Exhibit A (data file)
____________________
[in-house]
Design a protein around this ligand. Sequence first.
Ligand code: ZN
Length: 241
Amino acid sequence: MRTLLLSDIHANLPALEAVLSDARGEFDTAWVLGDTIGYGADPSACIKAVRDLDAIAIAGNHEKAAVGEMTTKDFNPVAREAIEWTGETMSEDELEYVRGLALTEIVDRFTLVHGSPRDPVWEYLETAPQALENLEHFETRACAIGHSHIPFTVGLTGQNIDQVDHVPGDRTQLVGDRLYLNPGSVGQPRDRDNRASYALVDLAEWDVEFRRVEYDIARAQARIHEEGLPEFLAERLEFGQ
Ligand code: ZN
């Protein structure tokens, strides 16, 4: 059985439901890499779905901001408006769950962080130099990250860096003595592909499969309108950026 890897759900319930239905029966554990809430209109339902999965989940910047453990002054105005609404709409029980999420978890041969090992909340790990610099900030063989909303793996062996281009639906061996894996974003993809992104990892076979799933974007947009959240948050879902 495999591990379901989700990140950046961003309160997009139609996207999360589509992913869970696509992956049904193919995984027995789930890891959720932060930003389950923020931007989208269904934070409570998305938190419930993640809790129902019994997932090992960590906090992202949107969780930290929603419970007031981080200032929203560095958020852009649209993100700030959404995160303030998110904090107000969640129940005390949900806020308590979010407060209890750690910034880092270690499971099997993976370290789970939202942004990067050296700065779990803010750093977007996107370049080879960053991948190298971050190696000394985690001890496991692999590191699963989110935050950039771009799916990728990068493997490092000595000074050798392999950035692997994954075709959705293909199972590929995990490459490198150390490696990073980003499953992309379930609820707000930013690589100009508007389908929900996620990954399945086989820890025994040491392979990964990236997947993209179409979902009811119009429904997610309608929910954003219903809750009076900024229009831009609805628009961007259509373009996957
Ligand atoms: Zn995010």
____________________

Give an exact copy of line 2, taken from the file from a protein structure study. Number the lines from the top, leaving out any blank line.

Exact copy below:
Design a protein around this ligand. Sequence first.